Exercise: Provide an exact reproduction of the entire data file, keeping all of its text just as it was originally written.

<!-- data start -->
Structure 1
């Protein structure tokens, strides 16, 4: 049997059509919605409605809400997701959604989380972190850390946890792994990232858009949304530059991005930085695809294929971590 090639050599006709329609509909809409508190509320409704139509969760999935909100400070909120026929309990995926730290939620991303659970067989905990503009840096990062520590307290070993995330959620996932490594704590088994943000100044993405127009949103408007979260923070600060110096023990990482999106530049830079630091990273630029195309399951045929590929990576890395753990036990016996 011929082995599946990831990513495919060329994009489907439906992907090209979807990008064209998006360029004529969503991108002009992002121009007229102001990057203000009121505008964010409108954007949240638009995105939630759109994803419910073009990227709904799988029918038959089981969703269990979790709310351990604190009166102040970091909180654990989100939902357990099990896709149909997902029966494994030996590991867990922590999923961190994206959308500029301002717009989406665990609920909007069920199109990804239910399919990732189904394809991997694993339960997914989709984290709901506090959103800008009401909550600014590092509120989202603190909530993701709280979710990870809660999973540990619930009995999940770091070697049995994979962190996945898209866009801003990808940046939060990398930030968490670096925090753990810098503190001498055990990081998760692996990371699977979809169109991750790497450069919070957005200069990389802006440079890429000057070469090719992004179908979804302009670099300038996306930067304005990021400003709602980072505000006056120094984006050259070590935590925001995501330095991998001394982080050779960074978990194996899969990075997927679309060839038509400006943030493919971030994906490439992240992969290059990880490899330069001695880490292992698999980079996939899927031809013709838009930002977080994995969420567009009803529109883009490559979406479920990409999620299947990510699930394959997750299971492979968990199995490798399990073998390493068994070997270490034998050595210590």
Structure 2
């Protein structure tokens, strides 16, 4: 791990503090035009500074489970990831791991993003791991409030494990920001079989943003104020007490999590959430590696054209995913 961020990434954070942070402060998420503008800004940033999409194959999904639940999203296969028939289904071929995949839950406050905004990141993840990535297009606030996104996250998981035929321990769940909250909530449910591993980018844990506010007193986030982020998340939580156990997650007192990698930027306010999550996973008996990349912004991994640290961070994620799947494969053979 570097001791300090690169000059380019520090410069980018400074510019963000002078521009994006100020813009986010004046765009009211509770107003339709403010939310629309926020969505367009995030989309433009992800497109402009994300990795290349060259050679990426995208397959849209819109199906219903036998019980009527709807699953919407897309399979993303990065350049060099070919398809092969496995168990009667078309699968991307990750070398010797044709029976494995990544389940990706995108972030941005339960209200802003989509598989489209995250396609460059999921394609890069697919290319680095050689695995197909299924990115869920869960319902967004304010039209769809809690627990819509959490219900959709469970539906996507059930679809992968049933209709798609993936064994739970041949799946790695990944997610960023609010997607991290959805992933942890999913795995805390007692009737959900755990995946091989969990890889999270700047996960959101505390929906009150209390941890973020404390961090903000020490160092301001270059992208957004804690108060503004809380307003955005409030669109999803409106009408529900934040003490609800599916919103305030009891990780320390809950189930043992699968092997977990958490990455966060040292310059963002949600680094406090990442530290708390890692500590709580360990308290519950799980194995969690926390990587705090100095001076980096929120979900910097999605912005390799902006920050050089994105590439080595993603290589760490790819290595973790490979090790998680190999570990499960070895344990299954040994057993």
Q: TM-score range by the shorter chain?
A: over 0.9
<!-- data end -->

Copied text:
Structure 1
């Protein structure tokens, strides 16, 4: 049997059509919605409605809400997701959604989380972190850390946890792994990232858009949304530059991005930085695809294929971590 090639050599006709329609509909809409508190509320409704139509969760999935909100400070909120026929309990995926730290939620991303659970067989905990503009840096990062520590307290070993995330959620996932490594704590088994943000100044993405127009949103408007979260923070600060110096023990990482999106530049830079630091990273630029195309399951045929590929990576890395753990036990016996 011929082995599946990831990513495919060329994009489907439906992907090209979807990008064209998006360029004529969503991108002009992002121009007229102001990057203000009121505008964010409108954007949240638009995105939630759109994803419910073009990227709904799988029918038959089981969703269990979790709310351990604190009166102040970091909180654990989100939902357990099990896709149909997902029966494994030996590991867990922590999923961190994206959308500029301002717009989406665990609920909007069920199109990804239910399919990732189904394809991997694993339960997914989709984290709901506090959103800008009401909550600014590092509120989202603190909530993701709280979710990870809660999973540990619930009995999940770091070697049995994979962190996945898209866009801003990808940046939060990398930030968490670096925090753990810098503190001498055990990081998760692996990371699977979809169109991750790497450069919070957005200069990389802006440079890429000057070469090719992004179908979804302009670099300038996306930067304005990021400003709602980072505000006056120094984006050259070590935590925001995501330095991998001394982080050779960074978990194996899969990075997927679309060839038509400006943030493919971030994906490439992240992969290059990880490899330069001695880490292992698999980079996939899927031809013709838009930002977080994995969420567009009803529109883009490559979406479920990409999620299947990510699930394959997750299971492979968990199995490798399990073998390493068994070997270490034998050595210590």
Structure 2
């Protein structure tokens, strides 16, 4: 791990503090035009500074489970990831791991993003791991409030494990920001079989943003104020007490999590959430590696054209995913 961020990434954070942070402060998420503008800004940033999409194959999904639940999203296969028939289904071929995949839950406050905004990141993840990535297009606030996104996250998981035929321990769940909250909530449910591993980018844990506010007193986030982020998340939580156990997650007192990698930027306010999550996973008996990349912004991994640290961070994620799947494969053979 570097001791300090690169000059380019520090410069980018400074510019963000002078521009994006100020813009986010004046765009009211509770107003339709403010939310629309926020969505367009995030989309433009992800497109402009994300990795290349060259050679990426995208397959849209819109199906219903036998019980009527709807699953919407897309399979993303990065350049060099070919398809092969496995168990009667078309699968991307990750070398010797044709029976494995990544389940990706995108972030941005339960209200802003989509598989489209995250396609460059999921394609890069697919290319680095050689695995197909299924990115869920869960319902967004304010039209769809809690627990819509959490219900959709469970539906996507059930679809992968049933209709798609993936064994739970041949799946790695990944997610960023609010997607991290959805992933942890999913795995805390007692009737959900755990995946091989969990890889999270700047996960959101505390929906009150209390941890973020404390961090903000020490160092301001270059992208957004804690108060503004809380307003955005409030669109999803409106009408529900934040003490609800599916919103305030009891990780320390809950189930043992699968092997977990958490990455966060040292310059963002949600680094406090990442530290708390890692500590709580360990308290519950799980194995969690926390990587705090100095001076980096929120979900910097999605912005390799902006920050050089994105590439080595993603290589760490790819290595973790490979090790998680190999570990499960070895344990299954040994057993």
Q: TM-score range by the shorter chain?
A: over 0.9